It's actually a historically derivative joke. We're told that a non-Jew came to Shammai, requested that he be made a Jew, and demanded that he also be made Kohen Gadol. Shammai chased him off. The man went to Hillel and he accepted him as a student. Shammai went to Hillel and asked how he could possibly accept the man with the conditions he set, and Hillel explained that the man would begin at the very beginning of learning Torah, and as he went on he would develop understanding that G-d has set the conditions of the world and that one who is a convert simply cannot be Kohen Gadol by the nature of things.
|They're all in the same group, within a couple of years of|
each others' ages. But the smallest just can't reach what the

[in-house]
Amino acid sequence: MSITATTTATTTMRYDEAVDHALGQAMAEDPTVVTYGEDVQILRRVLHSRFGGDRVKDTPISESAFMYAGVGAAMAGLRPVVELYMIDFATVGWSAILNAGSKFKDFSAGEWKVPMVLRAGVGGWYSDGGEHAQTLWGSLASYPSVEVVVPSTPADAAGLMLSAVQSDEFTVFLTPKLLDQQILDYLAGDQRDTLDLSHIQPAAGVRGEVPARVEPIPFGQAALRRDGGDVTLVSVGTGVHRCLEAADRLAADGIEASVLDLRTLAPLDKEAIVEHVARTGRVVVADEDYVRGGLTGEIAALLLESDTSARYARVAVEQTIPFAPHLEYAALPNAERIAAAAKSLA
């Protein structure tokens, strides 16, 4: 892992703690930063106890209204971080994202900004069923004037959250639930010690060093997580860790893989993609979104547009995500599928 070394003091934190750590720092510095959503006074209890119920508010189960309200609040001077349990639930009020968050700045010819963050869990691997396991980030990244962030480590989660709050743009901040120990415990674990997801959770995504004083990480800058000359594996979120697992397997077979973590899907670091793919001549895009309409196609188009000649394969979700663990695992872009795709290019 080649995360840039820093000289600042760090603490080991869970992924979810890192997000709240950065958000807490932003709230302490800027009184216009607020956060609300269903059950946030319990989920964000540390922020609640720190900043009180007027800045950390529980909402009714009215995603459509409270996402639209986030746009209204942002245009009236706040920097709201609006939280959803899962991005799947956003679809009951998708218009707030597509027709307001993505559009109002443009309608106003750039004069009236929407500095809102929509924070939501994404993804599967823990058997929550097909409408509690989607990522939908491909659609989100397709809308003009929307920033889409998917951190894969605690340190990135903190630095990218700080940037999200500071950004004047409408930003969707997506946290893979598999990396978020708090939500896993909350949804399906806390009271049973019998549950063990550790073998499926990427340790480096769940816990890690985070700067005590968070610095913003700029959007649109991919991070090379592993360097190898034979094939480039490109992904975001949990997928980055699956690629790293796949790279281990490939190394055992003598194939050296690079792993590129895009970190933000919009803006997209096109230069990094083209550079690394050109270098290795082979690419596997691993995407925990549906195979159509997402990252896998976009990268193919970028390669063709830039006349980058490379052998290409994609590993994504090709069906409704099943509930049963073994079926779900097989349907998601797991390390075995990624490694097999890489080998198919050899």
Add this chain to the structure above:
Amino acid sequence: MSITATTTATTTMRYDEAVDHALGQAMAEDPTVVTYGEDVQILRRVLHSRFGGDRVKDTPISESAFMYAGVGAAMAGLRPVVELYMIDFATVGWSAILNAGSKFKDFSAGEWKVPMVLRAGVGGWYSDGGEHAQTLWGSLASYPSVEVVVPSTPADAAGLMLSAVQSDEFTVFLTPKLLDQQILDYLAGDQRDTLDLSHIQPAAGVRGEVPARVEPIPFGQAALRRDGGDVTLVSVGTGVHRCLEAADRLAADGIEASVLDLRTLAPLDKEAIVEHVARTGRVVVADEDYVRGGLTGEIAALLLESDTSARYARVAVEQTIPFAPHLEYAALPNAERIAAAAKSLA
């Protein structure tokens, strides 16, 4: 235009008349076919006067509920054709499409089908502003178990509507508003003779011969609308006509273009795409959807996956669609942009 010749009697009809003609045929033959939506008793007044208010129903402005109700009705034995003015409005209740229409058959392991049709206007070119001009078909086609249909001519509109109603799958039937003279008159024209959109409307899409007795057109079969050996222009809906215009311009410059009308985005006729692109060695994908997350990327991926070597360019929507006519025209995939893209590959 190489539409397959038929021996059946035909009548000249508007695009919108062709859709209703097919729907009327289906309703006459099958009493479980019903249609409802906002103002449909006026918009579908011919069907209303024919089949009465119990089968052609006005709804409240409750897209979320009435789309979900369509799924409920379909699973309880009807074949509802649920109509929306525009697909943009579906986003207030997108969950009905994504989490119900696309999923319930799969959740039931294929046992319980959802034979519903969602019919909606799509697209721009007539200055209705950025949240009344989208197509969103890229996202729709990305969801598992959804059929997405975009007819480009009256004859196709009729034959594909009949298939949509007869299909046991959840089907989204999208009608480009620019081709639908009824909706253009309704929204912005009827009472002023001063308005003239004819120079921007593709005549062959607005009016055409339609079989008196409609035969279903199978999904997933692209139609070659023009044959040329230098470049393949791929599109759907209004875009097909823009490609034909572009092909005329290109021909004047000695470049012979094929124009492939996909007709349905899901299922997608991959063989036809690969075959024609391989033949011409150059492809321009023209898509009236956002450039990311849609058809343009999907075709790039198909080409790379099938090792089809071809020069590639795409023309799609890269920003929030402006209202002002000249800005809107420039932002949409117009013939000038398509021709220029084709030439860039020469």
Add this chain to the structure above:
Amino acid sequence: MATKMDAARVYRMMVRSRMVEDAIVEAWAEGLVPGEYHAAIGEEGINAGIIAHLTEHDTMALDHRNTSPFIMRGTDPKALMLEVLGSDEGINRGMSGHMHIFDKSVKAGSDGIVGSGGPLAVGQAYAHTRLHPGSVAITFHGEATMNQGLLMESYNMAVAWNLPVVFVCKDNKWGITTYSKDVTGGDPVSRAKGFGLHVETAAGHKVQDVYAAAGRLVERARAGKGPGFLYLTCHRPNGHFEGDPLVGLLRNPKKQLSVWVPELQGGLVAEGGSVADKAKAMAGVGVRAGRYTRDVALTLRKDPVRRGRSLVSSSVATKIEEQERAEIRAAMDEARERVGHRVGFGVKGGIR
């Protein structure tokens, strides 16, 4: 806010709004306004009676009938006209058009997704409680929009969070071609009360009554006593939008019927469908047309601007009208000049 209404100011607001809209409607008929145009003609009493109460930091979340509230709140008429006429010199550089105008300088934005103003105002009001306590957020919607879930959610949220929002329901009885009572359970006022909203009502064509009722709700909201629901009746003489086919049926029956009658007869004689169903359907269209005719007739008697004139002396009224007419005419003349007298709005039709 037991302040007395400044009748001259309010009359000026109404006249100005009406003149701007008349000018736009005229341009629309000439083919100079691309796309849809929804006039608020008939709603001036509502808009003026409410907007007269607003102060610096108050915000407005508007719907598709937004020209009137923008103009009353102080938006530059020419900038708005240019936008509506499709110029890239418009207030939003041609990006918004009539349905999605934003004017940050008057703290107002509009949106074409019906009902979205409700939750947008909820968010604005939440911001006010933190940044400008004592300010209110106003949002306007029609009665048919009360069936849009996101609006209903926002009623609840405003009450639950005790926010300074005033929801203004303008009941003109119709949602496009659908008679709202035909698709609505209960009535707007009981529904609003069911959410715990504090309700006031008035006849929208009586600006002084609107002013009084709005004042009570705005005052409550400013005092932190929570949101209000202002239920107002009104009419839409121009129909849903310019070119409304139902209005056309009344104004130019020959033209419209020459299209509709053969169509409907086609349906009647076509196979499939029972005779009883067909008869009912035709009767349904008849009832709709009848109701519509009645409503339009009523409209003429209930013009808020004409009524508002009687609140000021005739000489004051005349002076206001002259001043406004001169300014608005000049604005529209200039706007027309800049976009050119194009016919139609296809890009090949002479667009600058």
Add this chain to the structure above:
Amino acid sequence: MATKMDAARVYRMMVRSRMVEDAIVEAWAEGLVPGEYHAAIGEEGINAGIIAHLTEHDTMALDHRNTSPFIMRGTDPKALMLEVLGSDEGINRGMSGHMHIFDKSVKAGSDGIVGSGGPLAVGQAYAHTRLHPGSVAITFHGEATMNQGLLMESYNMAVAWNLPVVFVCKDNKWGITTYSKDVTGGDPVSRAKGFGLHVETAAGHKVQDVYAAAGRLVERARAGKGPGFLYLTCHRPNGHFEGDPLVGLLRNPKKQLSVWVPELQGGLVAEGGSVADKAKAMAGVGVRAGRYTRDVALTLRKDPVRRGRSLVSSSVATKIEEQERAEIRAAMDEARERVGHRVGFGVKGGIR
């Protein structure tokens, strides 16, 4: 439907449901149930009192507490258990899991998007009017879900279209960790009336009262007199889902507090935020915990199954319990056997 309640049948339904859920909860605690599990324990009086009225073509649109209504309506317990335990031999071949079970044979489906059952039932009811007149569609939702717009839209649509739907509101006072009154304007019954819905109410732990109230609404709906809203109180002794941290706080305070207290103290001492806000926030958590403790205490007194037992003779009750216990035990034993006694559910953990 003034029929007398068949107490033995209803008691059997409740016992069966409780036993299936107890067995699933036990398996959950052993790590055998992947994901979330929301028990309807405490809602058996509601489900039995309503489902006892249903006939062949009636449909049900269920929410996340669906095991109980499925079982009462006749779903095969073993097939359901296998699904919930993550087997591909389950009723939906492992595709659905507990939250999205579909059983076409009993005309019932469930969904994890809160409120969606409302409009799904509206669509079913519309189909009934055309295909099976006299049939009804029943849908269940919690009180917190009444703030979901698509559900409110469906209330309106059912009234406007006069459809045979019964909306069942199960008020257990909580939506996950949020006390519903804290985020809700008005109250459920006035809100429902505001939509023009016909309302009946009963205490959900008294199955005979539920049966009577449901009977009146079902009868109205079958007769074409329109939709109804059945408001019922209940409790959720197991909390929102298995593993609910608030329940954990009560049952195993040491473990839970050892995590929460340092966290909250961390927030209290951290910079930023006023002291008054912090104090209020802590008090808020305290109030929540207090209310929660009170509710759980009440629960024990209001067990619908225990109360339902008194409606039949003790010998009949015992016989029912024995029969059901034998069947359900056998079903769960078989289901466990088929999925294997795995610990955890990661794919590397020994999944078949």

tallest can sometimes, and she's not going to win a race
against her. That's simple reality. They're still all great friends.
There were many possible good, holy reasons for the desire to be a Kohen: the opportunity to offer korbanos directly to G-d, to perform holy service, to lead the Jewish people. However, unlike among the other nations in which there were many temples and anyone could become servants or priests within those temples, G-d had directly designated the Kohanim as his priests and the Leviyim as their servants (Bamidbar Rabbah).
We do all have limitations. Some of us are only ever going to be so intelligent, intellectual, wealthy, handsome. We may never have the opportunity for the learning we want. We may not be the person we wish we were.
|He has significant disabilities. But he can cook|
great steak for dinner and hopes to become a
world famous chef someday with his own restaurant.
He accepts he has certain limitations but still has
plans to accomplish all that's within his possibilities.